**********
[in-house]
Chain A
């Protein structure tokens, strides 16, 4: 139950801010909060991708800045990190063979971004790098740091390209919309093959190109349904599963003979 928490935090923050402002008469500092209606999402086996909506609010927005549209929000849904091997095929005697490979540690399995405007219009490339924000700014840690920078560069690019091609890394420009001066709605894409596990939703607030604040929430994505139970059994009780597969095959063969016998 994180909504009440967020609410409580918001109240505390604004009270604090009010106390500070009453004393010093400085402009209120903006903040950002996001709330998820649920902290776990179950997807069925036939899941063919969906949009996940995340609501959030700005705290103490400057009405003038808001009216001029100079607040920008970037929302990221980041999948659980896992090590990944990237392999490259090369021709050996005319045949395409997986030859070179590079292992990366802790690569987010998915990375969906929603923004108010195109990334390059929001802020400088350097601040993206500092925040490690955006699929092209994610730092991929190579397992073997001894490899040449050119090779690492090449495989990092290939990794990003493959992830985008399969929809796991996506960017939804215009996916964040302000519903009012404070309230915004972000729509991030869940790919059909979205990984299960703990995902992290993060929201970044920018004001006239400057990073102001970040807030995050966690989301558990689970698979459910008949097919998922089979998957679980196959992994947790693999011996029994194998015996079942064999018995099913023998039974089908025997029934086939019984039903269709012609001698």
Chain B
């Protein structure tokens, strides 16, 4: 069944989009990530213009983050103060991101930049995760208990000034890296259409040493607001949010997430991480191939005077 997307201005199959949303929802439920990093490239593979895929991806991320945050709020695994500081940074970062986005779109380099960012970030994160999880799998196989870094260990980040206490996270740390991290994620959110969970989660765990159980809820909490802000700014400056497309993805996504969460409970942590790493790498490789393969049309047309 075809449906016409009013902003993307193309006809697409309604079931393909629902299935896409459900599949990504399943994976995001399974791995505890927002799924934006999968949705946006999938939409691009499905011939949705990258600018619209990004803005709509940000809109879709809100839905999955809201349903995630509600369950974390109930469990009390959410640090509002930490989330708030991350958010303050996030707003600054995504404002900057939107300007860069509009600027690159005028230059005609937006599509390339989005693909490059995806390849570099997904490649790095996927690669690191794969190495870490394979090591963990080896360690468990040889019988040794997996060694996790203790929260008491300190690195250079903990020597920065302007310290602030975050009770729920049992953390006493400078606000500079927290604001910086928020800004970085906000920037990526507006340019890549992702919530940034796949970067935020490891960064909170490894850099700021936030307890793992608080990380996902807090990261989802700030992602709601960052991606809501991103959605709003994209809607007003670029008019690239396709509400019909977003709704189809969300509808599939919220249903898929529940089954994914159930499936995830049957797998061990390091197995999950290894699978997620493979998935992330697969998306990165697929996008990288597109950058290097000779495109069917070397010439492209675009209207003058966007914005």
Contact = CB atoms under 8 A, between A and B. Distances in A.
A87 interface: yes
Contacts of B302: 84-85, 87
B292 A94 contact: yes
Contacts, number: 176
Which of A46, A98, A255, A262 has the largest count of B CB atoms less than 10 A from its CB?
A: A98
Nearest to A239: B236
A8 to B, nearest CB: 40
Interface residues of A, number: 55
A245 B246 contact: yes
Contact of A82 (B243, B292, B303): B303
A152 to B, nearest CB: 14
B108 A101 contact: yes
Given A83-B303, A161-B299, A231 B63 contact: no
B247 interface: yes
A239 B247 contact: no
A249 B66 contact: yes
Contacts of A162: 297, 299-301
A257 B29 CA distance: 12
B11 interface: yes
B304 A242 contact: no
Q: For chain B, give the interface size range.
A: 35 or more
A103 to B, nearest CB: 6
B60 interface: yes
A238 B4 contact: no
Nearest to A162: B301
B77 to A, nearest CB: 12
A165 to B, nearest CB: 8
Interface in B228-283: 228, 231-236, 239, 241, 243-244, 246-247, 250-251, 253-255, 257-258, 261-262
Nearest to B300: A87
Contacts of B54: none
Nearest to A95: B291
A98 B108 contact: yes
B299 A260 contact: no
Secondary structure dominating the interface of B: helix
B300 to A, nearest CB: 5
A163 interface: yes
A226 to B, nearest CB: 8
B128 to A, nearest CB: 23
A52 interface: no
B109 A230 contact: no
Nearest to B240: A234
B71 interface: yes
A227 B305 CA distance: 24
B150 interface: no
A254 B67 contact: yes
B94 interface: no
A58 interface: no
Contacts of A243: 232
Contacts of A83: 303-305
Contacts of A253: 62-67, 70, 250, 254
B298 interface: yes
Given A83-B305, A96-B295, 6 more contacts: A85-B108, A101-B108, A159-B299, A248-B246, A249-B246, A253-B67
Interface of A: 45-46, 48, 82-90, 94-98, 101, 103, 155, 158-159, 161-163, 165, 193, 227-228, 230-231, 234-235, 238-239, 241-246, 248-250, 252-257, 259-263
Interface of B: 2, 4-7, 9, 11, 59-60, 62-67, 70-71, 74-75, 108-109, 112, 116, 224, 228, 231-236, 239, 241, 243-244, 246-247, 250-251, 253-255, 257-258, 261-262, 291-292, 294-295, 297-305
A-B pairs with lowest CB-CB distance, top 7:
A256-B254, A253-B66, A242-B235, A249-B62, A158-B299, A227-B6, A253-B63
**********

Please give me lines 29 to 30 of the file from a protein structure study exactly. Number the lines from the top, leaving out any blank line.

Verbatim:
A: 35 or more
A103 to B, nearest CB: 6